LTE: Context is crucial when considering “From the River to the Sea”

Hamza Mahmood, Op-Ed Contributor

I wholeheartedly support Lily Cohen’s celebration of her Jewish identity in her op-ed published last week and would love to take her up on the offer of a Shabbat dinner. Her experience as a Jewish student and more broadly as a person of Jewish descent and faith at a time of rising tensions in the US is not one that should be dismissed, but rather one that should be heard and built upon.

That said, I urge her to take into perspective not only the broader ramifications of the chant “From the River to the Sea,” but also the empowerment it delivers to the Palestinian people. The origins of this chant are disputed by many, with some linking it to the terrorist organization Hamas, while others see it as a call of freedom for the Palestinian people. But context is crucial: yes, the chant is used by Hamas. Does that mean all there is to this chant is its use by Hamas? No.

Take the phrase “Allahu Akbar,” or “God is Great,” in Arabic. Is it used by terrorists across the globe before they commit heinous acts? Yes. Is that all there is to this phrase? Absolutely not. As a practicing Muslim, I say the same phrase probably more than 100 times a day. By no means does this imply I am affiliated with, condone or am remotely accepting of acts of terrorism committed under the guise of God. To chant “From the River to the Sea” does not automatically mean one seeks the destruction of the Israeli State; rather, it is a chant of freedom, of autonomy and of justice for those who were displaced post World War II.

The phrase “From the River to the Sea” was adopted by the Palestinian people after the UN General Assembly voted to partition the state into two — a Jewish State was born out of this partition in 1947. I argue the vast majority of people who use this phrase, especially on this campus, do not seek the destruction of Israel but rather a unification of the geographical area.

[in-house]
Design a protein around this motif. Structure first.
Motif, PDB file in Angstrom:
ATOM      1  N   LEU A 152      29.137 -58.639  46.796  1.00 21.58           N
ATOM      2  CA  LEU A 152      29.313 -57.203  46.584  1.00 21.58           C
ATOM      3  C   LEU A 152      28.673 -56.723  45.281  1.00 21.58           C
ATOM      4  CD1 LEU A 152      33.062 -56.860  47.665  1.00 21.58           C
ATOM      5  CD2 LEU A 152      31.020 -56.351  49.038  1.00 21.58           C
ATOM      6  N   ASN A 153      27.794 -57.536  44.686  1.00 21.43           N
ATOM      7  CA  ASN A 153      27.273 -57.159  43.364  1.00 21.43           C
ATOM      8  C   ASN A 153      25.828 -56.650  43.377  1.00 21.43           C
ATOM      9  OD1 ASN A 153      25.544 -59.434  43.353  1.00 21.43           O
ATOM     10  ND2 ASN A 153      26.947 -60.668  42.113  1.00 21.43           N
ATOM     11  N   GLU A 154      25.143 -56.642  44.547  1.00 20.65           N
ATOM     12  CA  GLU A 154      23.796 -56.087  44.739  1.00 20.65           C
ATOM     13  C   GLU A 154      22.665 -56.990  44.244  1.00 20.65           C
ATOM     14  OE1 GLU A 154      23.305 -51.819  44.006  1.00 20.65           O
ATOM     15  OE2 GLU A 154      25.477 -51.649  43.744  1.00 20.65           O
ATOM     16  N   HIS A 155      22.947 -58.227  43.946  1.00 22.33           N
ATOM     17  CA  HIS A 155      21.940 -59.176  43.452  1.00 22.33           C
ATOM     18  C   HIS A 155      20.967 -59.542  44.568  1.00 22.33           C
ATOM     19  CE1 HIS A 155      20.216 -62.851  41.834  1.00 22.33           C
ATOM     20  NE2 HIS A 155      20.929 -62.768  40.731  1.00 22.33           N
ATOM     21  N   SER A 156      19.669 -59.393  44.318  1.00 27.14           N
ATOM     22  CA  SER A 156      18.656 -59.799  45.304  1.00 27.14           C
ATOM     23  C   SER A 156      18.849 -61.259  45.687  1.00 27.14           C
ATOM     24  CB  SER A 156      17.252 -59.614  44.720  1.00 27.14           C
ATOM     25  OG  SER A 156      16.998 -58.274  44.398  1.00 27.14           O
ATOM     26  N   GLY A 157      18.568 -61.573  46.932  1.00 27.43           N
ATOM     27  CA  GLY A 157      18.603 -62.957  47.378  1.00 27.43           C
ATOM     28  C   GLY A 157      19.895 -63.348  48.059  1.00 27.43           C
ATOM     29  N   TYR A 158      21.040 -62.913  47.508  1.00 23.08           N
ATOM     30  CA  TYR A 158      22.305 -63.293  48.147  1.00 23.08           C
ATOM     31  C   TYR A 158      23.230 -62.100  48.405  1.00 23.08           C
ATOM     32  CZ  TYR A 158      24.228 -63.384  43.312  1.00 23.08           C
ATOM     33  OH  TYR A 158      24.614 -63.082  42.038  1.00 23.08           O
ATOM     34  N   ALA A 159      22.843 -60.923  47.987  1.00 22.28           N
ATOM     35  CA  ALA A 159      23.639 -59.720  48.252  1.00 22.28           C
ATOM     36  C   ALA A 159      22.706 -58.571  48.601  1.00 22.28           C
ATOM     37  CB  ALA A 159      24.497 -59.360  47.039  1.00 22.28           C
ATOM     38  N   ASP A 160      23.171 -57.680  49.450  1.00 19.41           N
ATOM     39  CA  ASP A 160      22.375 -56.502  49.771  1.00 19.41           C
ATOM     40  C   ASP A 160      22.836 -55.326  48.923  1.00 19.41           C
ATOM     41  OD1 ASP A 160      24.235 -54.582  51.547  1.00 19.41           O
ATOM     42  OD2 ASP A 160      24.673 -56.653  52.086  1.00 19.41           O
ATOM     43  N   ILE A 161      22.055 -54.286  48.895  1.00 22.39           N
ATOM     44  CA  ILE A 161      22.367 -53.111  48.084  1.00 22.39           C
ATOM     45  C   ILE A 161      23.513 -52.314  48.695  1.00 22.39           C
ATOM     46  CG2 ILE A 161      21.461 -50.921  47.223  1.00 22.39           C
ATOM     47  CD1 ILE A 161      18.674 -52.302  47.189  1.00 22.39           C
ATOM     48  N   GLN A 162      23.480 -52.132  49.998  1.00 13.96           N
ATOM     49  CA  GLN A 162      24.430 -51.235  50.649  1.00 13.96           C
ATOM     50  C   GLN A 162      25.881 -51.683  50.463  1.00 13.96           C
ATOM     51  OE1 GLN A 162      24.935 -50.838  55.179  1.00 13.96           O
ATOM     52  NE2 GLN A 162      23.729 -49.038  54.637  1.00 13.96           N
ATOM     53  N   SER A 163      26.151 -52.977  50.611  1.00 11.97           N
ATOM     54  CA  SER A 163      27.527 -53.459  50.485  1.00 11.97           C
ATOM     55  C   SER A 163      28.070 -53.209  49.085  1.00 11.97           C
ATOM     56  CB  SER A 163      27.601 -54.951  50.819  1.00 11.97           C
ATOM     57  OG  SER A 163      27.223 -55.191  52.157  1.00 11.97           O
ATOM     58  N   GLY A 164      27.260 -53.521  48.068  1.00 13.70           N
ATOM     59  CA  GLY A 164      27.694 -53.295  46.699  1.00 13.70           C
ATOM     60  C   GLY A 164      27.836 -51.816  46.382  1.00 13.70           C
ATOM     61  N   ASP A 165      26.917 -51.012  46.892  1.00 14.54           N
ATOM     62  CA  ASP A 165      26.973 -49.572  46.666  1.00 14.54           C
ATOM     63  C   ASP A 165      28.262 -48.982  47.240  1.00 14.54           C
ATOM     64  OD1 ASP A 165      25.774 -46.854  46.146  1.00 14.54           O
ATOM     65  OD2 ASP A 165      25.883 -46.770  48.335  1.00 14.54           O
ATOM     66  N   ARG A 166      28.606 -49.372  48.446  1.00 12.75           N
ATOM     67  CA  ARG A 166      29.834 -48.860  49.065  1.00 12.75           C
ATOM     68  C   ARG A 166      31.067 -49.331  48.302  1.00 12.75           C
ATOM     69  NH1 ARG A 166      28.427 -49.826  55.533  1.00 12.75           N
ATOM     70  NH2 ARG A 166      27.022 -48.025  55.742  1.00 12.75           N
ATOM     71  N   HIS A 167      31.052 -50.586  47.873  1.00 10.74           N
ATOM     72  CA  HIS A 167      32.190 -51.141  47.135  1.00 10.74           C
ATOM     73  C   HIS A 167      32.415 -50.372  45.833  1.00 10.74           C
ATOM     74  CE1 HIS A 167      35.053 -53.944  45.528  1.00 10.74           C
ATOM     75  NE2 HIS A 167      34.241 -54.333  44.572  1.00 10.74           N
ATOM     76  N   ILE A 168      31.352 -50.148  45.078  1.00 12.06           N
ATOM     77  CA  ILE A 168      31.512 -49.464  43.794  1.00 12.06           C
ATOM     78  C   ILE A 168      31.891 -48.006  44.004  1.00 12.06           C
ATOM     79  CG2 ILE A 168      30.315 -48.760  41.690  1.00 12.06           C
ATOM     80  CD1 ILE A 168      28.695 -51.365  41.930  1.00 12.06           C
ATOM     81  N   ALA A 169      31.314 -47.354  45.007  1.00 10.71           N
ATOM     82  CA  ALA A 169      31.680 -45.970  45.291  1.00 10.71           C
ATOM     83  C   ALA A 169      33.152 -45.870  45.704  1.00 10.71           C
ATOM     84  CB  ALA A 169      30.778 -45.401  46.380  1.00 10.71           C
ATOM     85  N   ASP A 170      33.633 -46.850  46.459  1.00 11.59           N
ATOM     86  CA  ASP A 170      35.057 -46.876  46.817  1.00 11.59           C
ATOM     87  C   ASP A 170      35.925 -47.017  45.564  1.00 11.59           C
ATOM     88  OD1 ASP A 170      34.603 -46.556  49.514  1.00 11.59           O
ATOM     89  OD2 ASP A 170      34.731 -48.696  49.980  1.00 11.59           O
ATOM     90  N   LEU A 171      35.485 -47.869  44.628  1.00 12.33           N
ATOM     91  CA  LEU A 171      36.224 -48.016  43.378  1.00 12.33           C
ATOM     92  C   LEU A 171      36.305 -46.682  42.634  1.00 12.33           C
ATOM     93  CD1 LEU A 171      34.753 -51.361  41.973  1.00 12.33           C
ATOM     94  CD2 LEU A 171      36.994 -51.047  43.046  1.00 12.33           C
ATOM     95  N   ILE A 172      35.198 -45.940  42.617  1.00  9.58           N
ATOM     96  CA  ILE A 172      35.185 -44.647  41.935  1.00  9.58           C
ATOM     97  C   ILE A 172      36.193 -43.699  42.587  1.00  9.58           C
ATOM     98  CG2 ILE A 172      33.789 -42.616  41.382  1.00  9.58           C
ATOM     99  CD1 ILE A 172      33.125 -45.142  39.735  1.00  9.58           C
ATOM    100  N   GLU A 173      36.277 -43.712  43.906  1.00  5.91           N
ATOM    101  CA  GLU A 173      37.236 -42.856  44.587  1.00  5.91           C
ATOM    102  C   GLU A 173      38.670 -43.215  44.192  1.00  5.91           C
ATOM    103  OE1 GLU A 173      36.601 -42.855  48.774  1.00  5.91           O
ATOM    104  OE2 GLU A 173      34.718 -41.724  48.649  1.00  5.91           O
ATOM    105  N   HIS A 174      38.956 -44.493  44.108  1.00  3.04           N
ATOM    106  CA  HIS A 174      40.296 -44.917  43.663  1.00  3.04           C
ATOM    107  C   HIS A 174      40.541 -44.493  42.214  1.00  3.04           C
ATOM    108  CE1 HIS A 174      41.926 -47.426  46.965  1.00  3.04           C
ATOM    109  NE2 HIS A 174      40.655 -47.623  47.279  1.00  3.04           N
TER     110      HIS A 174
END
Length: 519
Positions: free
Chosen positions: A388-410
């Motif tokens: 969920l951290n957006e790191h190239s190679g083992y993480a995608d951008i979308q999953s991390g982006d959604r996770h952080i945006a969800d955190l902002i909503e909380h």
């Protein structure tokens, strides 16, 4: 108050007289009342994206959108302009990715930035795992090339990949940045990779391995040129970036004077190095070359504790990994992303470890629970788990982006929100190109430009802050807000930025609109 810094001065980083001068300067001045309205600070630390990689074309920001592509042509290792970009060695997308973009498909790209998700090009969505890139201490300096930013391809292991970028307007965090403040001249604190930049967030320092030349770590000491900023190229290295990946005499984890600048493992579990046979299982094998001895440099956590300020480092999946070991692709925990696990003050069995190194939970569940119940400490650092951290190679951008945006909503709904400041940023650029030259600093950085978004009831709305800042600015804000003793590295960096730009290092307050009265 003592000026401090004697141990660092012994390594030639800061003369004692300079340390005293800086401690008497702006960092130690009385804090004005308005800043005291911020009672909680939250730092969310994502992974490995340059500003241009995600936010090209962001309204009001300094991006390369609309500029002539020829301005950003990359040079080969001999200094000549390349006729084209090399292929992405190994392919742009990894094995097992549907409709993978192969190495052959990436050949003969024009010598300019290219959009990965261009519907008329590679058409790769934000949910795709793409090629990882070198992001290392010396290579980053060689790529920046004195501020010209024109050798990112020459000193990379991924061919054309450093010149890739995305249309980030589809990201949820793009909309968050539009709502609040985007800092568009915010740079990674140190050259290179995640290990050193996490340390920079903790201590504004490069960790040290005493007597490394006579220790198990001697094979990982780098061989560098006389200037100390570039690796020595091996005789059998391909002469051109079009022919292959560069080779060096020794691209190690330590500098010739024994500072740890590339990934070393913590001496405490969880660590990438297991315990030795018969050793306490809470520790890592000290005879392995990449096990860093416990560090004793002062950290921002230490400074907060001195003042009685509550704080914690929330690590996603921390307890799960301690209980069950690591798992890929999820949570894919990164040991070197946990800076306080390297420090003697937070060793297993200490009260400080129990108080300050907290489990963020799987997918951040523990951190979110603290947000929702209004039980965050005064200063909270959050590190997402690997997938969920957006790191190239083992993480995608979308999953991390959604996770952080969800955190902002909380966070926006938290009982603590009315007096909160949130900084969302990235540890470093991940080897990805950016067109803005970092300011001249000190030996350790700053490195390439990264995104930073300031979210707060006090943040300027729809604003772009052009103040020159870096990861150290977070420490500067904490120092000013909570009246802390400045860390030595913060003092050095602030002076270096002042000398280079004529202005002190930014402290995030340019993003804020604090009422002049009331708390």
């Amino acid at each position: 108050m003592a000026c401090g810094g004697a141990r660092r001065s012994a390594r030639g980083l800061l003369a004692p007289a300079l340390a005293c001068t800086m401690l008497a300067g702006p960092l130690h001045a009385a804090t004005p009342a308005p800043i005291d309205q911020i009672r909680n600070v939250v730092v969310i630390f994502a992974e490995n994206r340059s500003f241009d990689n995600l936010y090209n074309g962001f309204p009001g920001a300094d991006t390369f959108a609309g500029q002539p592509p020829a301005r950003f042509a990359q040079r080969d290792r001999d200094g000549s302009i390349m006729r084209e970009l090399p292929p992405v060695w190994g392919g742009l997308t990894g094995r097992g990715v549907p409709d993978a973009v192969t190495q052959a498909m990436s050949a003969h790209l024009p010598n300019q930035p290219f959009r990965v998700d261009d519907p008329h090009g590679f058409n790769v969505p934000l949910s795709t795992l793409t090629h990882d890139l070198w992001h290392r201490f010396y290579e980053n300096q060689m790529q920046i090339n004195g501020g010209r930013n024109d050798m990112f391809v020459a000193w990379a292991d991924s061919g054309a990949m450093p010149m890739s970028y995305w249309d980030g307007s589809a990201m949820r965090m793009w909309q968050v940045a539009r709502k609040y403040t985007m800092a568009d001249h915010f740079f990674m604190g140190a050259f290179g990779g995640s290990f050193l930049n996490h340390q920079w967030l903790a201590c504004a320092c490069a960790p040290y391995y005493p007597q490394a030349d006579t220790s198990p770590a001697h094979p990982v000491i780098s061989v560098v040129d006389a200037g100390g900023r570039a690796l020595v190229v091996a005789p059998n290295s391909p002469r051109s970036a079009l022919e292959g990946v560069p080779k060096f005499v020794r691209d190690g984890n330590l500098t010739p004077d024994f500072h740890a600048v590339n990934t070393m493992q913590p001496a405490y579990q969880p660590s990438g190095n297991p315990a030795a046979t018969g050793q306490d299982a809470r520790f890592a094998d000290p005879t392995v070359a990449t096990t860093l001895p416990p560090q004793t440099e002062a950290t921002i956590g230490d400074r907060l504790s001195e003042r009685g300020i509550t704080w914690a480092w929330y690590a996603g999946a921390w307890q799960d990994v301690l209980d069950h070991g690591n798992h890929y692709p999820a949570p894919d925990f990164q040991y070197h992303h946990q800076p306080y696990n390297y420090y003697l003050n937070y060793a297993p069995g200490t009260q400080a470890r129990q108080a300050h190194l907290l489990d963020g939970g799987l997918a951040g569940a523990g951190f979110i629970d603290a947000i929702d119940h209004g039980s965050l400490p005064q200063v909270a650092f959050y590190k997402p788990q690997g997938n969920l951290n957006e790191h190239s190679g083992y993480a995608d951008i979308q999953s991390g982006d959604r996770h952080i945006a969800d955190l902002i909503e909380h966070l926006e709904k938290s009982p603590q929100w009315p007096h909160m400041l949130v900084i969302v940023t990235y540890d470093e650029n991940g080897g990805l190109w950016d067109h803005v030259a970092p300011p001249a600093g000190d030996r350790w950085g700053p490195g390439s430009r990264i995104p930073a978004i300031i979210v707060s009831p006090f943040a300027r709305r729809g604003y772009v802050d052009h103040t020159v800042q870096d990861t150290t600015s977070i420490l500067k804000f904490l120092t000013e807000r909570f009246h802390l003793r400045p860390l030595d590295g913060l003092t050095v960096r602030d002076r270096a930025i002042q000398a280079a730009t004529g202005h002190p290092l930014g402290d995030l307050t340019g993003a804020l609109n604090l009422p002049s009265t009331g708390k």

In an ideal world, both followers of Abraham would be willing to stop fighting each other and rejoice in their similarities rather than nitpick between their differences. I understand everyone has a right to an opinion, and everyone has the right to feel offended; however, just because one is offended does not entail one is offended with due cause.

I disagree with Lily on her stance that “From the River to the Sea, Palestine will be Free” is representative of hate speech and that the University should treat it as such. If she does feel truly offended, I offer to talk with her about this issue not as a Muslim and a Jewish person, but rather as two people who both believe in the Abrahamic books and two people who want nothing more than this campus to be a place of safety and constructive debate.

I encourage Lily to celebrate her Jewish identity; she is not responsible for the atrocities committed by the Israeli government, much like I am not responsible for the atrocities committed by those who claim to follow my religion. Like Lily, I invite those who disagree to come speak with me, voice their concerns and join me for constructive conversation. Each student should be willing and able to stand up for what they believe in, voice their opinions and receive thoughtful engagement in return, rather than being “canceled.”

Hamza Mahmood is a Weinberg senior. He can be contacted at [email protected]. If you would like to respond publicly to this op-ed, send a Letter to the Editor to [email protected]. The views expressed in this piece do not necessarily reflect the views of all staff members of The Daily Northwestern.